Following the sentence, many people, including a number of Radical MPs, pressed for clemency. In Fermanagh, Barrett’s aged mother trudged several miles in the snow to appeal to the local Unionist MP, Captain Archdale, a staunch Orangeman, who, predictably, rejected her.
On May 27th, following the execution, Reynold’s News commented:
“Millions will continue to doubt that a guilty man has been hanged at all; and the future historian of the Fenian panic may declare that Michael Barrett was sacrificed to the exigencies of the police, and the vindication of the good Tory principle, that there is nothing like blood”.
It should be mentioned that the disaster at Clerkenwell had one positive result; it concentrated British minds on the seriousness and urgency of the 'Irish question'. Within days of the explosion, the Liberal leader, William E. Gladstone, then in Opposition, announced his concern about Irish grievances and said that it was the duty of the British people to remove them. Later, he said that it was the Fenian action at Clerkenwell that turned his mind towards Home Rule.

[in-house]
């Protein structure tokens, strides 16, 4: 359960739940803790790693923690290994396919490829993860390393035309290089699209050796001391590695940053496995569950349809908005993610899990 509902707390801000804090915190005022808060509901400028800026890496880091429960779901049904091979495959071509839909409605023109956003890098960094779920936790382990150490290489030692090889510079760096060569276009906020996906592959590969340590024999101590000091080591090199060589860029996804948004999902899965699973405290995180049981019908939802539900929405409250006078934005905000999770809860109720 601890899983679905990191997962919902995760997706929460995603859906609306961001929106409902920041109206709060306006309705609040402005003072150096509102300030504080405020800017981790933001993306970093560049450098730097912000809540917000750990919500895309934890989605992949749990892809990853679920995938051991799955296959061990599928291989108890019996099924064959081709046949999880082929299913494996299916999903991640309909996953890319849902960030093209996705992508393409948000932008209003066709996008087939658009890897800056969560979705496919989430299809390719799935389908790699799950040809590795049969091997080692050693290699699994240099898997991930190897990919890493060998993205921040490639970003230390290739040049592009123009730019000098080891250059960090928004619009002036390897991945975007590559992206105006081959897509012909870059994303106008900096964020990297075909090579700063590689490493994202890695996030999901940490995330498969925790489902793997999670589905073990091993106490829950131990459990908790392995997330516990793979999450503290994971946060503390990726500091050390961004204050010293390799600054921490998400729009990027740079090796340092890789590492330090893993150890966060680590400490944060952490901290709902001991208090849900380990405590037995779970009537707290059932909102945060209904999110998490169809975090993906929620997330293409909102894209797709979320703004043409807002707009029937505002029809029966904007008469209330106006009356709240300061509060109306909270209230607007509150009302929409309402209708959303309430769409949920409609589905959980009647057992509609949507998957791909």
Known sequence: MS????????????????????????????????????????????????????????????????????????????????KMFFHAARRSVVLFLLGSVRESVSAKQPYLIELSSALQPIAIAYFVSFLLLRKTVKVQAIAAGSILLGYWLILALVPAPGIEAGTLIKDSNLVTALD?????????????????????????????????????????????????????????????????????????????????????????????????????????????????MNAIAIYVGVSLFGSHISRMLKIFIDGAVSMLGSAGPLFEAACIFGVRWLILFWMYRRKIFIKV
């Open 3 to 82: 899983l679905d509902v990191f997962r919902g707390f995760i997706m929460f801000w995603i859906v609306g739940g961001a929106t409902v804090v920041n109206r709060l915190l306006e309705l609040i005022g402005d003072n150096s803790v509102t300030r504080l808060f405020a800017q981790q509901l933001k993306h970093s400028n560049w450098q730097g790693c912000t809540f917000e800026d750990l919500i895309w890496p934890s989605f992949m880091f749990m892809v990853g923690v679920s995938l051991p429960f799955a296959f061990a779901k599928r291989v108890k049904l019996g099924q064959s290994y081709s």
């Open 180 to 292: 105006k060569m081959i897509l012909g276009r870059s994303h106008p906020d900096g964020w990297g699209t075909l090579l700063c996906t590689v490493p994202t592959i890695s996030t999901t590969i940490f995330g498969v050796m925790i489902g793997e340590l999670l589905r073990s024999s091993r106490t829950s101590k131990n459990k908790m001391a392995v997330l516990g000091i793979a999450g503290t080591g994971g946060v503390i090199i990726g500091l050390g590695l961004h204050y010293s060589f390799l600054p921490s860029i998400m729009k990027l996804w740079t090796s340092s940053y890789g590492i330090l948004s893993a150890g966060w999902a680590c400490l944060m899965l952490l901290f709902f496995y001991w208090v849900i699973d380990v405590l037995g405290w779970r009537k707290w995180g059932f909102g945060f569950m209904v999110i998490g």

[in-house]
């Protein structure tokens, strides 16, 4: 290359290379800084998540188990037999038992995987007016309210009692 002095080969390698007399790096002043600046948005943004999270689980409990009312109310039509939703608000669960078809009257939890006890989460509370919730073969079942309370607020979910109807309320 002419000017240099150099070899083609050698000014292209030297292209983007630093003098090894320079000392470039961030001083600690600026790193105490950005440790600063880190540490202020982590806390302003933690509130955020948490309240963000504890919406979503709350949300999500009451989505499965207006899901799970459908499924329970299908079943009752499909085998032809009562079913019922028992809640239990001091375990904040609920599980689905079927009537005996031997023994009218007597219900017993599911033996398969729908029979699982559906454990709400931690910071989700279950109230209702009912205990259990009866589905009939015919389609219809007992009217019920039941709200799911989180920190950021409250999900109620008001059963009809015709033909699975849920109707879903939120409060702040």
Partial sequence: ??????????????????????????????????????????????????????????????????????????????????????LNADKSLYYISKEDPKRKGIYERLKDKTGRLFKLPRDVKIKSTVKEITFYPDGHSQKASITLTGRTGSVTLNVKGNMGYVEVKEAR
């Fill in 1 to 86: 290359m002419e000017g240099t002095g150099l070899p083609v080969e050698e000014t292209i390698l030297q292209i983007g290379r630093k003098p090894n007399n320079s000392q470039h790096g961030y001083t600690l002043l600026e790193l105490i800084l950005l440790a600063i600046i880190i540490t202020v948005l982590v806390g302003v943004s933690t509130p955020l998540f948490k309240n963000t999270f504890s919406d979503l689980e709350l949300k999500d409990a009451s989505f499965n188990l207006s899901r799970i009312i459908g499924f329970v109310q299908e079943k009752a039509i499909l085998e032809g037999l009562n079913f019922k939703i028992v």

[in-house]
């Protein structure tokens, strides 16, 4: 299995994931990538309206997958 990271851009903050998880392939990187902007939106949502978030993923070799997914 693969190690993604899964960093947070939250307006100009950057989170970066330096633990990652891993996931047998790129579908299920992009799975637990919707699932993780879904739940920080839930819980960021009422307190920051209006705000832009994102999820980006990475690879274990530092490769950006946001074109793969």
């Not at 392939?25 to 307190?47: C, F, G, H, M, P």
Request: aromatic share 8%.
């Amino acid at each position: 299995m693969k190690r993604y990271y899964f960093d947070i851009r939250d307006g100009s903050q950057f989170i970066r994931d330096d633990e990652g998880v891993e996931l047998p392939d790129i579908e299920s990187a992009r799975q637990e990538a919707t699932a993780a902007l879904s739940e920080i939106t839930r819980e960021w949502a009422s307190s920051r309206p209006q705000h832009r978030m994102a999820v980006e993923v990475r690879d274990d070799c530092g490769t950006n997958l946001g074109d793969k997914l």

Prior to its transfer to the City of London Cemetery, Michael Barrett’s remains lay for thirty–five years in a lime grave inside the walls of Newgate Prison. When the prison was demolished in 1903 it was taken to its present resting place. Today the grave is a place of Irish pilgrimage and is marked by a small plaque.